“Change is the only constant in life” – Heraclitus
Just a decade ago, most SAP project implementations would kick off with a clear definition of the set of SAP modules that would be implemented as part of the project, together with a close enough estimate of the ROI that the business can expect to achieve at the end of such a project.
However, over the years, due to the emergence of new technology and the pace of change, it has become more challenging to set out these expectations at the offset, especially in projects that span over years.
With the dynamic pace of change in the ERP eco-system and the delivery models (e.g. SOCA, cloud, SaaS, PaaS, etc.) there is a growing trend in project management to add a “NewTech” buffer in every project plan. This buffer is not necessarily to implement the new “Must-have”, but is rather a period in which the project team can assess the options available on how and when to integrate this new offering into the solution design.
One thing that project experience teaches you is to have a plan that can adapt to change. You can have the best plan, the best resources and the best product, and work for 2 -3 years on a defined set of deliverables, but in that time if the market has shifted, then there is going to be trouble.
Case Study: Nokia.
Fact: Fortune 500 firms in 1955 vs. 2014; 88% are gone. The next 60 years will have its own surprises too.
A robust and contained project management methodology is not going to hold for too long and this has seen the rise of the Agile approach.
Being Agile is the new norm and technology is in the heart of it.
Business demands have changed, technology has shrunk the world, external factors like FTAs (Free Trade Agreements), TPP (Trans-Pacific Partnership) are also contributing and legal compulsions (for example, the European Union rules and the effects of Brexit) are weighing down on IT systems to match up with changing trends and be worth the investment.
One of key changes taking place in the solution offerings worldwide are that the ‘best-in-breeds’ are the ones that are dominating. Salesforce has basically taken the game away from the big player when it comes to CRM services.
The new trend seems to be to implement the best-of-breed and integrate with the rest. This has led to the design change in modules which have been made better and more efficient in seamlessly integrating into the overall process chain.
This trend has in turn led to specialisation and with specialisation comes the self-pro-claimed right to fancy job titles. There was a time when the word ’data’ was boring and ’scientist’ was sophisticated, but now ‘Data Scientists’ are springing up everywhere. Most large organisations these days have a ‘CDO – Chief Data Officer” to look after their valuable information asset: data.
Note: I think in some organisations it wouldn’t hurt to also have a “CHO – Chief Happiness Officer” to look after an even more valuable asset 😉
With business adopting to specialised best-in-breed softwares and systems, the number of integration points and interfaces in the IT eco-system are rising at a rapid pace. This is why companies that provide Integration Platform as a Service (iPaaS) solutions will do well.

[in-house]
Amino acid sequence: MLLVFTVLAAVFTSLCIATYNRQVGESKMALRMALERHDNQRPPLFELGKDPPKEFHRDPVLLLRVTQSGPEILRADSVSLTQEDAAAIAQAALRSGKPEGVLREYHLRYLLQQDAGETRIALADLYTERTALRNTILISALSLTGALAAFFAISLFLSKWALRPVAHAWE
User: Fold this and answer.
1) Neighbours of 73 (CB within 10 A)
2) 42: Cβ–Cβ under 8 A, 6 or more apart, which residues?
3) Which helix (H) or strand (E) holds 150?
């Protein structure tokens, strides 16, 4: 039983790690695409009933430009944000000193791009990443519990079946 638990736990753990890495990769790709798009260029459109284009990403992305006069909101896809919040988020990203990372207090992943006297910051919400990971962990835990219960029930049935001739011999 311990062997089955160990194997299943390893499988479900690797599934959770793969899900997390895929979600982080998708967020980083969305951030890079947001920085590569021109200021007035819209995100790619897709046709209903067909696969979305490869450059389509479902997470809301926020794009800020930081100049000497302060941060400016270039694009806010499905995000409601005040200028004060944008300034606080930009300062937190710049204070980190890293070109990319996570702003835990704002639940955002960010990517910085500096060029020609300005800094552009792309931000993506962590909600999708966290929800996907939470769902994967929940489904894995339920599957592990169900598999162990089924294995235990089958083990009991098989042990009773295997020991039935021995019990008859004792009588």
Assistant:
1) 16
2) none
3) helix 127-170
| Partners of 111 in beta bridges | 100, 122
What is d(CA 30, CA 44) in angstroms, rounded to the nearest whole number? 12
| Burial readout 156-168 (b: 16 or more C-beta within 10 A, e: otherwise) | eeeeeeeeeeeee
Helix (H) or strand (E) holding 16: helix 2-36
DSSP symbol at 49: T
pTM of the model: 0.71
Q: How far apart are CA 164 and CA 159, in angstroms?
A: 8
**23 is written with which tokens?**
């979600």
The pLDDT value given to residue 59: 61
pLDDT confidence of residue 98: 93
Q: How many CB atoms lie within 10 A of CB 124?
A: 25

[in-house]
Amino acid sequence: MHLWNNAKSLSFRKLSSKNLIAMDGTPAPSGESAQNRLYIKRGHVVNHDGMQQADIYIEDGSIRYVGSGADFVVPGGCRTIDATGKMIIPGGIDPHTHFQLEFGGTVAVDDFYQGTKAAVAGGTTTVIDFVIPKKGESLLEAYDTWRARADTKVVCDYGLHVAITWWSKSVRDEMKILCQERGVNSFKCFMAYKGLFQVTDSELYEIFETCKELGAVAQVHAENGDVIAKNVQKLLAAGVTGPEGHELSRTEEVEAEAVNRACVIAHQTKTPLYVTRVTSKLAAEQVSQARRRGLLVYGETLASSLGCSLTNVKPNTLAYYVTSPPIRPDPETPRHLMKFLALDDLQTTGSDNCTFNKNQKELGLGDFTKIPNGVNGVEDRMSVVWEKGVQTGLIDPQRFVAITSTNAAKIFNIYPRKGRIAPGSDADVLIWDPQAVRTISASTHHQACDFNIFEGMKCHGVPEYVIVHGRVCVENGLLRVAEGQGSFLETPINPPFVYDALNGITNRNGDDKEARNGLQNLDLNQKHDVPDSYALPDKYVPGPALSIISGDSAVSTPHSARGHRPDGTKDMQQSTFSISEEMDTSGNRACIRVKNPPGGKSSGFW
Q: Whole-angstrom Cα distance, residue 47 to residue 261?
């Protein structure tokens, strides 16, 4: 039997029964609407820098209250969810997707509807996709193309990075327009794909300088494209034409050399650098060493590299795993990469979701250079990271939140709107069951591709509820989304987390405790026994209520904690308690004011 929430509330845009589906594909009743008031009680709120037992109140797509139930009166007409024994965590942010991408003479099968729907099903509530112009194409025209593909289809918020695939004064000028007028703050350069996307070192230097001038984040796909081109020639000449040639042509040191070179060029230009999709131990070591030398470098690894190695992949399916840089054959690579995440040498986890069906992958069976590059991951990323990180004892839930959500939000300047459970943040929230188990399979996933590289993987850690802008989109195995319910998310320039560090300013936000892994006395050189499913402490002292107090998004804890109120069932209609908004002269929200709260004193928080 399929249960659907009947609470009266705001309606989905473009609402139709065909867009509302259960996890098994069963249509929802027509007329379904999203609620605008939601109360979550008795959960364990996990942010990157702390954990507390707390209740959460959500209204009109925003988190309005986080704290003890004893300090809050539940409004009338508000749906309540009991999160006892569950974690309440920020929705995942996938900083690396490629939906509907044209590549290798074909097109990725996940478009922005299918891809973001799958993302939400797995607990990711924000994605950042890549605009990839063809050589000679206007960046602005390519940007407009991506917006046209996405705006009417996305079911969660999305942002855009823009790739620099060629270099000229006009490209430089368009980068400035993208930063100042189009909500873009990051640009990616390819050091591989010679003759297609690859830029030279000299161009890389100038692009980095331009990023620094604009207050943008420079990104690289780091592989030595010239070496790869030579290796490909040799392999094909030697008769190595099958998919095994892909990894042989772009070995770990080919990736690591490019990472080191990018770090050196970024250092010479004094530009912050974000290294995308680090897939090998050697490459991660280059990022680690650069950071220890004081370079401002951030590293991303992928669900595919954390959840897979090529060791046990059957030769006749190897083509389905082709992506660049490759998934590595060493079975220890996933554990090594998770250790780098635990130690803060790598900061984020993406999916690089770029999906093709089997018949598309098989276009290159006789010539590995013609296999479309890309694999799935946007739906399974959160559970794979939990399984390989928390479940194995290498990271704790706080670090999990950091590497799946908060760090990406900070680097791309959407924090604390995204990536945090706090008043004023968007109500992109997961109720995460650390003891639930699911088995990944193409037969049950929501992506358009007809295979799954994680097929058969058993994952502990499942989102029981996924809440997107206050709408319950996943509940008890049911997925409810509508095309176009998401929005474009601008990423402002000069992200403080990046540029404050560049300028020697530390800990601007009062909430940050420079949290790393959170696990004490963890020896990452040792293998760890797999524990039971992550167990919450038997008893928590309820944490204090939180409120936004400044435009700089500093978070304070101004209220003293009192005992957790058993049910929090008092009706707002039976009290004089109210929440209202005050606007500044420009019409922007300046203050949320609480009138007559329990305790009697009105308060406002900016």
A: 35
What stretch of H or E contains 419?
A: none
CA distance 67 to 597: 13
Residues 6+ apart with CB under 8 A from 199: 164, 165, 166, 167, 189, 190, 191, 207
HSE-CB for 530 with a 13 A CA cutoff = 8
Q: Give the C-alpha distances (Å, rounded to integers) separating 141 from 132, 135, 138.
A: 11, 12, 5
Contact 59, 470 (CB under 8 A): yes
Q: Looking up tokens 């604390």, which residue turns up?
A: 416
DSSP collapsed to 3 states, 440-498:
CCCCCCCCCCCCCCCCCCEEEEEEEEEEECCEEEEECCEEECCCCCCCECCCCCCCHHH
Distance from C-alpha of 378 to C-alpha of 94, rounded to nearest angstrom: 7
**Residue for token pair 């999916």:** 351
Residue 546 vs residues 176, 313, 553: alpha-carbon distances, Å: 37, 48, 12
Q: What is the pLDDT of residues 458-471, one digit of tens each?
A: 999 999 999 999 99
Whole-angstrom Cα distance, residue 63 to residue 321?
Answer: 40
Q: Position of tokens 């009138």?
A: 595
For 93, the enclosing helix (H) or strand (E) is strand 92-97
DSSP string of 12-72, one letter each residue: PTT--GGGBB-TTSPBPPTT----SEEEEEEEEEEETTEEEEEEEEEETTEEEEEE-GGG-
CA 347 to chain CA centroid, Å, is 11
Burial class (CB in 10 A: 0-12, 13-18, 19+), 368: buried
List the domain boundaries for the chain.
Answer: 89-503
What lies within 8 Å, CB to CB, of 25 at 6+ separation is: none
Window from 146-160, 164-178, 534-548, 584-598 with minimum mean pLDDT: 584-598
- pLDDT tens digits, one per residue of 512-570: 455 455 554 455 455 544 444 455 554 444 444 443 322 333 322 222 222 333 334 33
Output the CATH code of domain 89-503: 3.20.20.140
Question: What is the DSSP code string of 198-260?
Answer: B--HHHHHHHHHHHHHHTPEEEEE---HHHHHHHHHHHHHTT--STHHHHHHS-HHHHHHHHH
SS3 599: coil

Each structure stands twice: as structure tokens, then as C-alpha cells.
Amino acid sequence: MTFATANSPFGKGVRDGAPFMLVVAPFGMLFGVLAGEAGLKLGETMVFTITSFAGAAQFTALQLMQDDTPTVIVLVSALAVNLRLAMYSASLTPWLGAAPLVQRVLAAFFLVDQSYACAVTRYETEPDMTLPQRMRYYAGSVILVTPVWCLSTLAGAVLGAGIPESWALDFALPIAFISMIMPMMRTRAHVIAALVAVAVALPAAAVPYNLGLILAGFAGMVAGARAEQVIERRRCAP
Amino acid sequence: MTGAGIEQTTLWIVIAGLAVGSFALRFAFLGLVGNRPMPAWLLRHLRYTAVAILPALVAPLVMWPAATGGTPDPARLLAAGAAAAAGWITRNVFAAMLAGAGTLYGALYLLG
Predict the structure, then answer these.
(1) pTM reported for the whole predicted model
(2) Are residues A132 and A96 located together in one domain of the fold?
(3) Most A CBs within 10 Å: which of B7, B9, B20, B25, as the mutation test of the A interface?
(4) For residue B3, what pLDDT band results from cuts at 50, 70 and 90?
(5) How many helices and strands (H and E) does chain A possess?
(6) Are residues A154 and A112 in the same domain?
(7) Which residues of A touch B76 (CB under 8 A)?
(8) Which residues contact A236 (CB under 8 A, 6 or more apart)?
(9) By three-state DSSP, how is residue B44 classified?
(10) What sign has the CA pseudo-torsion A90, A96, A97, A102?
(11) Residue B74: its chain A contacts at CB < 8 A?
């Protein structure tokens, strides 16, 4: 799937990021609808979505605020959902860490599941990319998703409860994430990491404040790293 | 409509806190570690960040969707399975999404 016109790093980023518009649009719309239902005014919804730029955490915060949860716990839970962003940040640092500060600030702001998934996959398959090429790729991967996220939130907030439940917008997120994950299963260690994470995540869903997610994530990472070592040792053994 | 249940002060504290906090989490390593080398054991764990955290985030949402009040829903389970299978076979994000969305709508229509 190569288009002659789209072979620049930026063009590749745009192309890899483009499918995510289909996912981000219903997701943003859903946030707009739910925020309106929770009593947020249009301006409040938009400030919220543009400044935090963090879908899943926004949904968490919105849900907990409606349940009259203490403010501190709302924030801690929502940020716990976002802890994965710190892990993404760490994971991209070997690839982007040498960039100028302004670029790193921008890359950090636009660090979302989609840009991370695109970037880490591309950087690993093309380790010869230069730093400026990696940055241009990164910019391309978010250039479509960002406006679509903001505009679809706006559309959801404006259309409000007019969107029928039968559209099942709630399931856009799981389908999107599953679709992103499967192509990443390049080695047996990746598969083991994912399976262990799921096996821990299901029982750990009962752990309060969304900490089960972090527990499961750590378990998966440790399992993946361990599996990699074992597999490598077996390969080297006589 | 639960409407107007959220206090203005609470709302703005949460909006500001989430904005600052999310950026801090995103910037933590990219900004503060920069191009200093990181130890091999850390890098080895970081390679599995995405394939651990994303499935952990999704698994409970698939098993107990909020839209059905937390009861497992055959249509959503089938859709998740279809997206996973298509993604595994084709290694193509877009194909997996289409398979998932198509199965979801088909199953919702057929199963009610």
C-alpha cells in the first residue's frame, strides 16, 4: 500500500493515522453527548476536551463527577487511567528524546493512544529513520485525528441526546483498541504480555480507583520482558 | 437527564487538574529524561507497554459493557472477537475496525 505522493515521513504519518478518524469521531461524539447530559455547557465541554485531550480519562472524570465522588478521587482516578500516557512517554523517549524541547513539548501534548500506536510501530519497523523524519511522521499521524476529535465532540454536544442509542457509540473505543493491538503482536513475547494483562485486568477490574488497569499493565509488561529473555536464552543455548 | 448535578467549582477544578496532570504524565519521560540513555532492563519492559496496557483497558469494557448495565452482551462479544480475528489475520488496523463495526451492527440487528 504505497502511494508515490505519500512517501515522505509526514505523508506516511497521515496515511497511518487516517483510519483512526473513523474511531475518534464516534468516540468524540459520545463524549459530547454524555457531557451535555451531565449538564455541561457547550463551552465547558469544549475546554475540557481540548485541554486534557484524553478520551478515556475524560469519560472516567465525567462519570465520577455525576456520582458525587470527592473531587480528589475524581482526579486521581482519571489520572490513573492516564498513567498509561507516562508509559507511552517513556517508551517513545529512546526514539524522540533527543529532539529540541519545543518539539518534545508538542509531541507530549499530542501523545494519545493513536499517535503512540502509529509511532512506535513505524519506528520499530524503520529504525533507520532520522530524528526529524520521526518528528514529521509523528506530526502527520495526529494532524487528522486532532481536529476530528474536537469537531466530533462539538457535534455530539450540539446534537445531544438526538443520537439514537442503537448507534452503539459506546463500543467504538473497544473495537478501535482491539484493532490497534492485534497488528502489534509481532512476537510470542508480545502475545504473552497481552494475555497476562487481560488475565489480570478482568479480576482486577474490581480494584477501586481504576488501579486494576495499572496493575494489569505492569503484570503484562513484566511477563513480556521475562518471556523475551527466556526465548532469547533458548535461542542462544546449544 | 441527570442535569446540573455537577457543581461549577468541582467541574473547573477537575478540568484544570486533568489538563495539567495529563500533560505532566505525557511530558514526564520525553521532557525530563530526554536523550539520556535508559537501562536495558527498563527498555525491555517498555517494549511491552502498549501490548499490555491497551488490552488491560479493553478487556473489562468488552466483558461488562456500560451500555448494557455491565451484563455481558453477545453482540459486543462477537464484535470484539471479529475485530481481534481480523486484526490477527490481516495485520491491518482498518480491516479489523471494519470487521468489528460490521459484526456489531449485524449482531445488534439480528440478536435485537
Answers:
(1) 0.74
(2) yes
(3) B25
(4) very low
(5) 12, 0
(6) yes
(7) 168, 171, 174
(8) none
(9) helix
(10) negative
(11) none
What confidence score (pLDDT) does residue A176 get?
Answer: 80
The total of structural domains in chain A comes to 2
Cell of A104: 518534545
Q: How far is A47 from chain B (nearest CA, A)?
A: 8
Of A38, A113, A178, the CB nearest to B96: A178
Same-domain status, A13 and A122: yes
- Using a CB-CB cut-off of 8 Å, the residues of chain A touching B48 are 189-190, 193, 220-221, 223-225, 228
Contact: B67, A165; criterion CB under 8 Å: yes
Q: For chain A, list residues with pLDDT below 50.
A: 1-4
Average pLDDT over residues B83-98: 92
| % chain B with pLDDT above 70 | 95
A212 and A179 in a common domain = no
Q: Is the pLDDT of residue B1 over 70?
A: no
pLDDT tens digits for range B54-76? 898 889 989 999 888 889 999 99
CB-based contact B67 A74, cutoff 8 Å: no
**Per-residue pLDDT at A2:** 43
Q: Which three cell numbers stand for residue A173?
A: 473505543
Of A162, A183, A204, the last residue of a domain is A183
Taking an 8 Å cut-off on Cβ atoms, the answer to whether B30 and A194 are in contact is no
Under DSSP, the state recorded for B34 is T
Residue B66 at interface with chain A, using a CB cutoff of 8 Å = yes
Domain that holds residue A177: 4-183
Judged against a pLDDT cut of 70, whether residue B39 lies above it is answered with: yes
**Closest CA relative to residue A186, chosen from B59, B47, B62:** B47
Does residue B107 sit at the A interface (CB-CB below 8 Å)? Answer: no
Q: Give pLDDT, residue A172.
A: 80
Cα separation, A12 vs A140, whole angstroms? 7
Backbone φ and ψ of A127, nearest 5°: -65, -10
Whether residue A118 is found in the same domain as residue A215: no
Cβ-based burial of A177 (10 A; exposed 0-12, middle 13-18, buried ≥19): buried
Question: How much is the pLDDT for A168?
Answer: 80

Modules that could be setup to a large extent in its own individual areas now requires specialist resources in other systems integration points to also get involved to make sure that there are no complications in the end-to-end business process chain.
Tip: Spending some time with a FICO consultant is a great place to start to gain this insight into module and systems integration since more or less every module contributes in postings entries into GL Accounts.
However, it will not stop here, there will be a lot more to come. Not only will integration points increase, but externally trends like ‘creative disruption’ will also begin to have its effect on the market and will change the playing field.
In today’s world, you either disrupt or you will be disrupted. Being disrupted generally leads to bad things, very bad things- ask Blockbuster.
However, SAP has been right on the money with this. They have shown why they lead by taking the lead.
SAP’s time-to-market has evolved and they are keeping up to speed on the technology highway, there are no exits here: only extensions. If you have worked on R2, R3, SAP ERP you would probably agree with me and if you have worked on RF, you know this better than most of us.
The metabolism of the world for new technology is in full throttle and SAP has been keeping up. The pace at which SAP have been churning out new products and services into the market over the past decade has really taken off and it is not likely to slow down.
As you would know, SAP’s S4 HANA is the latest major solution offering and it is truly revolutionising how businesses are run, but it won’t be the last of its kind because what’s new today is already a day-old tomorrow.
Artificial Intelligence (AI) will take on more complicated tasks in the process chain (it has already to an extent with bots). We could be living in a world where an SAP bot discusses and sells a customer a product online, then processes the sales order in SAP, runs the MRP, coordinates the production, picks, packs and schedules the final delivery to be done by a self-driving delivery vehicle; all this whilst discussing and taking more orders online.
So, we are heading into an interesting age ahead and as humans we will change and adapt too. We will probably be programmed to challenge our AI buddies of the future on their way of logical thinking, with our very own PBI (Partial Brain Interface) and if you don’t think that will happen, just google ’Neuralink’.
About our Guest Writer:
Suren holds certifications in Project management, SAP solutions & Accounting, and is passionate about sharing his consulting experiences with fellow colleagues in the domain. He is also an avid follower on the latest developments in the tech space. Connect with him on LinkedIn